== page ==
Speculation about Donald Trump’s VP pick is rampant—see here and here. What should immigration patriots want?
From an immigration patriot perspective, there are three considerations:
- First, reinforcing Trump’s immigration patriot stance.
While Clinton v. Trump provides the first-ever real major-party choice on immigration, we cannot be blind cheerleaders of Trump, and we want to make sure he continues to champion our issue.
- Secondly, a running mate who will help Trump win in November.
Trump, it goes without saying, is not your conventional GOP nominee. Thus, considerations beyond charisma and ties to a swing state are important. The usual claptrap about the VP “balancing the ticket” does not exactly apply.
Usually, “moderates” pick VPs who will appeal to conservatives and vice versa. But Trump transcends the typical conservative v. moderate Republican template. Trump fared relatively poor among the churchgoing Christians and very conservative voters who typically make the GOP base. He needs to make these voters feel welcome in his coalition, without turning off independent and Democratic voters to whom his socially moderate and economically populist stance could appeal. (In a future column, I will elaborate on this strategy, but it’s also necessary to consider with his VP pick.)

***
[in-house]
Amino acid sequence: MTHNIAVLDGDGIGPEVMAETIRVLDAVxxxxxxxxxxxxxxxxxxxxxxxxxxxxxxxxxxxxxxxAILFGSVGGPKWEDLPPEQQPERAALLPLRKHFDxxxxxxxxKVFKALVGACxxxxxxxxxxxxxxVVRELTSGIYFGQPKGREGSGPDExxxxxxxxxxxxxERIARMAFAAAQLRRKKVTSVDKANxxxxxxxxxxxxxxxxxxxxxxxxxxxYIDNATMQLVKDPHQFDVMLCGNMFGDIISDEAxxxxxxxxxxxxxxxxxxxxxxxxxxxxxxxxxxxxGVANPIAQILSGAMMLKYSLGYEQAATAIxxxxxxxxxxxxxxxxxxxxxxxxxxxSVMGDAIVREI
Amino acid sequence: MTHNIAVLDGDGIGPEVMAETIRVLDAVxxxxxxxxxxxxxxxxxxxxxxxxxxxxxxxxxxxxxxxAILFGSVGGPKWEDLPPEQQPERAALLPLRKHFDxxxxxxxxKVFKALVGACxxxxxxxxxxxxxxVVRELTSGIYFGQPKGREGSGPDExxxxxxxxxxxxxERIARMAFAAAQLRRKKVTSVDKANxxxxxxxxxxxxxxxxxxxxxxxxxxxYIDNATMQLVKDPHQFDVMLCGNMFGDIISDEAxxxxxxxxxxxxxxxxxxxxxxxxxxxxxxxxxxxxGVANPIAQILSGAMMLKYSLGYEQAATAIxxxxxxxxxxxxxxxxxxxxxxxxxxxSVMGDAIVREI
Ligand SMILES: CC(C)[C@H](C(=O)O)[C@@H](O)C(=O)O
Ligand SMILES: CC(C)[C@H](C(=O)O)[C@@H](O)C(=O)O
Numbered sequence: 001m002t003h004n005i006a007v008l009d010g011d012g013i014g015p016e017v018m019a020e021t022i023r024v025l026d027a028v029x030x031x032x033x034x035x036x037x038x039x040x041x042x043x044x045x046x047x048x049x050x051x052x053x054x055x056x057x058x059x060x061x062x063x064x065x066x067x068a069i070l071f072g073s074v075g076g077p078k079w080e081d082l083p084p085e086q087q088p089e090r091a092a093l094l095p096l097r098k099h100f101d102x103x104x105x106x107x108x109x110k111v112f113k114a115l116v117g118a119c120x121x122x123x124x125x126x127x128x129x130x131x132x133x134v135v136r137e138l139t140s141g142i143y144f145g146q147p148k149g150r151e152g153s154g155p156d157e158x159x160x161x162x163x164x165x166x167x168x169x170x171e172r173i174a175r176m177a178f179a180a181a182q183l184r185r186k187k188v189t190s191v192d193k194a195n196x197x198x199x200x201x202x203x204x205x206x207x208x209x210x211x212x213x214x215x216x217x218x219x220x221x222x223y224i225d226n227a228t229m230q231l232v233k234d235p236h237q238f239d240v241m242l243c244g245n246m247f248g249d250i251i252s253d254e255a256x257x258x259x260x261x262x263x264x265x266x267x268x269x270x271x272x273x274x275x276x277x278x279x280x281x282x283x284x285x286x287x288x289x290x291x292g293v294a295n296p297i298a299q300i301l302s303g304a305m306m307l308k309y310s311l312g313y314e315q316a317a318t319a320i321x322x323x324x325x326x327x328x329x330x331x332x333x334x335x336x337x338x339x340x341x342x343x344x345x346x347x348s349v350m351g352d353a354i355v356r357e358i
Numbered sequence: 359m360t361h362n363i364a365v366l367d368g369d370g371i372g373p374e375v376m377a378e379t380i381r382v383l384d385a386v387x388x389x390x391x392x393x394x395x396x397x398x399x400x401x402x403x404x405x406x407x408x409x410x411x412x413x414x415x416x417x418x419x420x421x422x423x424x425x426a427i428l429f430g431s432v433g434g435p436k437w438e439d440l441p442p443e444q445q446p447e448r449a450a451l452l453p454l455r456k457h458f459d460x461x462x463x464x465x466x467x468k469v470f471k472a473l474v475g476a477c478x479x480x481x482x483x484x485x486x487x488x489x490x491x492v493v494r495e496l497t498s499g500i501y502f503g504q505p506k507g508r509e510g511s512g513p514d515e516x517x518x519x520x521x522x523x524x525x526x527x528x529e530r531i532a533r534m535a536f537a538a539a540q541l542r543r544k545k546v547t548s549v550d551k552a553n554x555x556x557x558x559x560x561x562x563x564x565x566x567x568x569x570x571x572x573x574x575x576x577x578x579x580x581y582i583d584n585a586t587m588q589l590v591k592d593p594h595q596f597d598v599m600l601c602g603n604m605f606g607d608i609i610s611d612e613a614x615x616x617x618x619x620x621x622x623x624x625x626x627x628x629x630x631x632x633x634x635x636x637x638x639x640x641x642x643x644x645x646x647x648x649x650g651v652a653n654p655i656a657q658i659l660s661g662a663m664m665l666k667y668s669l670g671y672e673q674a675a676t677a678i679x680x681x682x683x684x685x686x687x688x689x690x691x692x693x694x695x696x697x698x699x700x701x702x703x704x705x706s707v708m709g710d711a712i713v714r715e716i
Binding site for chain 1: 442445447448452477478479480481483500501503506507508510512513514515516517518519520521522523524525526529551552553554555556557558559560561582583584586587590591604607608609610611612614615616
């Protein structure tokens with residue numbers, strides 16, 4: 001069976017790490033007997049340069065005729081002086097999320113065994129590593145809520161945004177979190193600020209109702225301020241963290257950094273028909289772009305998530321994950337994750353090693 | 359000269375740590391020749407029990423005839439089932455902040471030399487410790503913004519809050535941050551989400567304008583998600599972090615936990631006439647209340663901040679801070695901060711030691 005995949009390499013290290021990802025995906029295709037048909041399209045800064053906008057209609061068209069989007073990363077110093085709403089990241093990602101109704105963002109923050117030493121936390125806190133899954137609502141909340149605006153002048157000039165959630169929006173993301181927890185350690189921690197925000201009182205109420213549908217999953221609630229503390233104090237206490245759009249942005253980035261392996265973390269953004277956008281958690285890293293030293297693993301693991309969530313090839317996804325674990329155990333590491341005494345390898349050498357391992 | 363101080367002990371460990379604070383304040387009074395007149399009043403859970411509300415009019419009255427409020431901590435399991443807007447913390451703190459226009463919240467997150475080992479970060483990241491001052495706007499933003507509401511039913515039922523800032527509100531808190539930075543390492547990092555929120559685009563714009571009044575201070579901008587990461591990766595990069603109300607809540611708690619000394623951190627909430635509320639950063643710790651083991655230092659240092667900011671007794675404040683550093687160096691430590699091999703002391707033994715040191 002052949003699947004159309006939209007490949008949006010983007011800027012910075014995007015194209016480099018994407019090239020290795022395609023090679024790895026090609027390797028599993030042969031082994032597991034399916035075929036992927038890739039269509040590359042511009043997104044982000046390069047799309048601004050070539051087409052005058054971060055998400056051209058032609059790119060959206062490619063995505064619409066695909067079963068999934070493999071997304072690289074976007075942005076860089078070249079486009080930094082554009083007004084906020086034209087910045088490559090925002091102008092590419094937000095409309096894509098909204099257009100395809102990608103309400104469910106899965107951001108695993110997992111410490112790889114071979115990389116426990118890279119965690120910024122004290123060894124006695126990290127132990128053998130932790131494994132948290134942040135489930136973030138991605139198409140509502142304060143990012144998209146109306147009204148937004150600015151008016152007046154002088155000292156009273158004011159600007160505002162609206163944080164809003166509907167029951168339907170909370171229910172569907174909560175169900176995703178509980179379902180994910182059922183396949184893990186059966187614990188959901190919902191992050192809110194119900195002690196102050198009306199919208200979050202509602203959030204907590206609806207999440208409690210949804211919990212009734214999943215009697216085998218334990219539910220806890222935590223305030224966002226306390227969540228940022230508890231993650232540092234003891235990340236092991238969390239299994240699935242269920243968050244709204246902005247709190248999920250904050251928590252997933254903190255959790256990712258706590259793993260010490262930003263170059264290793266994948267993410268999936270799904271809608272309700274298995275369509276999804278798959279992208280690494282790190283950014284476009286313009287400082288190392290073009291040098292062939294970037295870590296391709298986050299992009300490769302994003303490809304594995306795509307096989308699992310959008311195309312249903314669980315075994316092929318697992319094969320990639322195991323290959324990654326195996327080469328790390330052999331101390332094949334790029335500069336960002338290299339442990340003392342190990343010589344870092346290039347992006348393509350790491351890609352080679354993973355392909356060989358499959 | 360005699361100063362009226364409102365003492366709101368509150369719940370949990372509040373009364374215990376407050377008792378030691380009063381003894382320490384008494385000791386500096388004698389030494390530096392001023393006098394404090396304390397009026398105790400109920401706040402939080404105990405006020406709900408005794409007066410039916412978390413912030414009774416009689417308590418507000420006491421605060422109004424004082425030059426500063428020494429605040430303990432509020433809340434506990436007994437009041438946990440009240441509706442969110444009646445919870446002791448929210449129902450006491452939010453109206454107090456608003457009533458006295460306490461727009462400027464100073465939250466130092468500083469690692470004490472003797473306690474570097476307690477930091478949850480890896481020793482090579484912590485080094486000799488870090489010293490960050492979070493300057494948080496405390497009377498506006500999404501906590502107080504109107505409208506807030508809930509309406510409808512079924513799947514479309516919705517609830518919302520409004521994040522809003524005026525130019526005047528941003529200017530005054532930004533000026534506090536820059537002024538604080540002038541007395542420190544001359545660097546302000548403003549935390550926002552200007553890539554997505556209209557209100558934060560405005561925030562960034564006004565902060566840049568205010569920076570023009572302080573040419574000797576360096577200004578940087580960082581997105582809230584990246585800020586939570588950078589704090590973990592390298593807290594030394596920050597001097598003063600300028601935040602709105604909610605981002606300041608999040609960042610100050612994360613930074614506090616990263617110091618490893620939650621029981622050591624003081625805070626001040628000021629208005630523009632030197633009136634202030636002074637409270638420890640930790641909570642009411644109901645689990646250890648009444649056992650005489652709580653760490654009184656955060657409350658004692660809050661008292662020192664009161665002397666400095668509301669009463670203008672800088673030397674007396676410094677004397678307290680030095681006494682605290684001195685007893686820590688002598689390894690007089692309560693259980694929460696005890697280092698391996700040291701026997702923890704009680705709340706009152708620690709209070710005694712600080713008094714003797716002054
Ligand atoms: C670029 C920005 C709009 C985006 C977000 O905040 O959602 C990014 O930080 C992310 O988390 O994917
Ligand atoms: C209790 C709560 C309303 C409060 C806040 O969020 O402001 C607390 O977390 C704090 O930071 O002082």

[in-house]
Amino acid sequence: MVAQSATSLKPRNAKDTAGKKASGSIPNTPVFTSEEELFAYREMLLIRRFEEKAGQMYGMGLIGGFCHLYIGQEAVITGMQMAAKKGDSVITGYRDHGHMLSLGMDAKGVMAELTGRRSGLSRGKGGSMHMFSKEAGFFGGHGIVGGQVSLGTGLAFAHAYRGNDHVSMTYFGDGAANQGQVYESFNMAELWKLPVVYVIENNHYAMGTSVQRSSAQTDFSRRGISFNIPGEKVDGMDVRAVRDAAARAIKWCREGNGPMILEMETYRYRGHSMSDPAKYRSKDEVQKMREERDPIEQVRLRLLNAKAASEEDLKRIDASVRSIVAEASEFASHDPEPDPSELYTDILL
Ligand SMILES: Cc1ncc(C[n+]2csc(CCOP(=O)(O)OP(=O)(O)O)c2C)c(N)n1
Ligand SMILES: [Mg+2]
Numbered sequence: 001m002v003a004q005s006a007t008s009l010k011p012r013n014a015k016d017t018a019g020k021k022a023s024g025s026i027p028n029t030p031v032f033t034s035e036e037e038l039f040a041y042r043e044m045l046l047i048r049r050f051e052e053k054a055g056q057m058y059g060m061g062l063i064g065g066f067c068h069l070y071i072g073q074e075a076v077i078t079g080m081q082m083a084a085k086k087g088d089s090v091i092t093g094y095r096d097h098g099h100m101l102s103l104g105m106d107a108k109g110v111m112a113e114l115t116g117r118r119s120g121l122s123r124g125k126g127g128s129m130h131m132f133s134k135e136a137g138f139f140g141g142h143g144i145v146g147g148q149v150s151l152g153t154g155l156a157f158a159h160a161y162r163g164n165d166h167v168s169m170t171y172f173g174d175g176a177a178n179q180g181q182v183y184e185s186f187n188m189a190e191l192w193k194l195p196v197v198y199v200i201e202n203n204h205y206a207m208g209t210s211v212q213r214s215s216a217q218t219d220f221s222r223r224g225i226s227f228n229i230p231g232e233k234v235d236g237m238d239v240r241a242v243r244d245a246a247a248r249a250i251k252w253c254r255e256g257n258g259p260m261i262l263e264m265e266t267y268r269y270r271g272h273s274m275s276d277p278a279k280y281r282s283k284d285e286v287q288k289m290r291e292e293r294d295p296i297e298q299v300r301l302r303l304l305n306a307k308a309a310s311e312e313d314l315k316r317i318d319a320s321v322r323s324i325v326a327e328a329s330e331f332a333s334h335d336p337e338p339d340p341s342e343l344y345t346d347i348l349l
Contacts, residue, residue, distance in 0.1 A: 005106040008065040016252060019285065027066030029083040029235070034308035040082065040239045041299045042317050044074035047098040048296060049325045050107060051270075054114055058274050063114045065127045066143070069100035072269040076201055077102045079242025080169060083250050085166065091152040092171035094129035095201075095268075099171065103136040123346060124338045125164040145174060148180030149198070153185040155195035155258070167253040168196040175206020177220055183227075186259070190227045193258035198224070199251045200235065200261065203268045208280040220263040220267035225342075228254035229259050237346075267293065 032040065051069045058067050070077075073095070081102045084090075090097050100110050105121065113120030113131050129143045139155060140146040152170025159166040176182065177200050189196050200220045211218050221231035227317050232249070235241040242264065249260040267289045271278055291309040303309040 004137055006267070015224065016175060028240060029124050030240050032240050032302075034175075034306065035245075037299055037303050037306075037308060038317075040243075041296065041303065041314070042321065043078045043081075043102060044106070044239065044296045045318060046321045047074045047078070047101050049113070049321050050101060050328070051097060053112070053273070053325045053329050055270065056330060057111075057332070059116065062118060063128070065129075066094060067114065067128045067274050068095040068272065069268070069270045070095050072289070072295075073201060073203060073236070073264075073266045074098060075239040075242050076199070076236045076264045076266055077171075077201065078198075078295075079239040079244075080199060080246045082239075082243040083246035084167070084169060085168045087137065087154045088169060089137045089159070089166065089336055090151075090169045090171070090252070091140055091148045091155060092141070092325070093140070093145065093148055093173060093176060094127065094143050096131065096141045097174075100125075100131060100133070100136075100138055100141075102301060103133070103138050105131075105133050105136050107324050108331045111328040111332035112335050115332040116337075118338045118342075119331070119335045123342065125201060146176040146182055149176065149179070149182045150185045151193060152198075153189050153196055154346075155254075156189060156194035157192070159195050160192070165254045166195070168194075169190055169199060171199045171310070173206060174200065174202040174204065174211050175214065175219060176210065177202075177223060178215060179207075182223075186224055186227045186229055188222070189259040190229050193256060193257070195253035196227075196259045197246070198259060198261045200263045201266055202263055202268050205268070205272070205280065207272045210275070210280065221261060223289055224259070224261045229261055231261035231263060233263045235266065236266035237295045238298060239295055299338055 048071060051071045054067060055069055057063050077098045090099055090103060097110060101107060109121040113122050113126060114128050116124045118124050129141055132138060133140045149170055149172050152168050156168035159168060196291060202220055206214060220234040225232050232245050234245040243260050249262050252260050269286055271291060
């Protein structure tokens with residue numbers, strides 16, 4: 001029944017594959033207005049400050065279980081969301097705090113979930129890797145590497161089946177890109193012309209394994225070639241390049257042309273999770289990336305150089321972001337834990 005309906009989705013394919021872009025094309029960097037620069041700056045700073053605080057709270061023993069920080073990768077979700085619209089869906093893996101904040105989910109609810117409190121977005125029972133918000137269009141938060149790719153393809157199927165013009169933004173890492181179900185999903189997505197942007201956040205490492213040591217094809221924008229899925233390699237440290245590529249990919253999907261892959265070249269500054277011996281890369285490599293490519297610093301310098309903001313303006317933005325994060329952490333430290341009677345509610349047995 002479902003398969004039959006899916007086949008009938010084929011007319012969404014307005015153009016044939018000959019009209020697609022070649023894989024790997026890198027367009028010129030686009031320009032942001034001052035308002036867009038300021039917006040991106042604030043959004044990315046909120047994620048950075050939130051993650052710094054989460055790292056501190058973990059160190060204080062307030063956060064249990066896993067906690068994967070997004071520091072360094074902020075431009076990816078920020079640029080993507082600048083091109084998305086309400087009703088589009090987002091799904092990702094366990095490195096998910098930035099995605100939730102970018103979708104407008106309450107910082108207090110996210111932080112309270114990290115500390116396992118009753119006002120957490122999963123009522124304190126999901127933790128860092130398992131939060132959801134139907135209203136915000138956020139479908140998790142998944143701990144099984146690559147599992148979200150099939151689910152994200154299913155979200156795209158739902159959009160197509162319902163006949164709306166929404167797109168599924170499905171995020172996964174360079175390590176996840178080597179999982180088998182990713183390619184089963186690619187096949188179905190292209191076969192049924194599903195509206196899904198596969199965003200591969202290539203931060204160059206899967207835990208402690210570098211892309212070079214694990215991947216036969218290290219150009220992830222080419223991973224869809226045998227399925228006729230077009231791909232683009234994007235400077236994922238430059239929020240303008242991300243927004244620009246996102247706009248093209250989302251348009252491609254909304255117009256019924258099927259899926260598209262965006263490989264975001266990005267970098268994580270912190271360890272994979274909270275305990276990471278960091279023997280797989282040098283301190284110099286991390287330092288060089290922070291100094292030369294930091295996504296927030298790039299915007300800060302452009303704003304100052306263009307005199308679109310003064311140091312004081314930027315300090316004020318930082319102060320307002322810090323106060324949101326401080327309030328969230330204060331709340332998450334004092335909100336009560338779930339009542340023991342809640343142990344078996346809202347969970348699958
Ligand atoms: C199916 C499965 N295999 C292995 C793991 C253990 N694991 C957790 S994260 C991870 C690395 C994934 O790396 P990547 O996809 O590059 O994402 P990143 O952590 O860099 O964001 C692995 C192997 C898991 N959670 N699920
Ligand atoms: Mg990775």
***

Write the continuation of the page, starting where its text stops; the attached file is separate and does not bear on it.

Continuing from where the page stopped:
And Trump has other considerations when “balancing the ticket.” Given his age and two previous marriages, a younger and never-divorced candidate would be ideal.
- Thirdly, the loyal candidate must be loyal.
I could easily see some wobbly and/or conniving politicians distancing themselves from Trump’s more controversial statements if the going gets rough—and even withdrawing from the ticket if they think he will lose. After all, the Bush clan doesn’t seem to feel bound by the loyalty oath all the candidates accepted.
For this column, I’m only going to discuss candidates could potentially be assets to the campaign. And as VDARE.com readers do not need me to explain why we don’t want Marco Rubio or John Kasich, I’m not Read more >>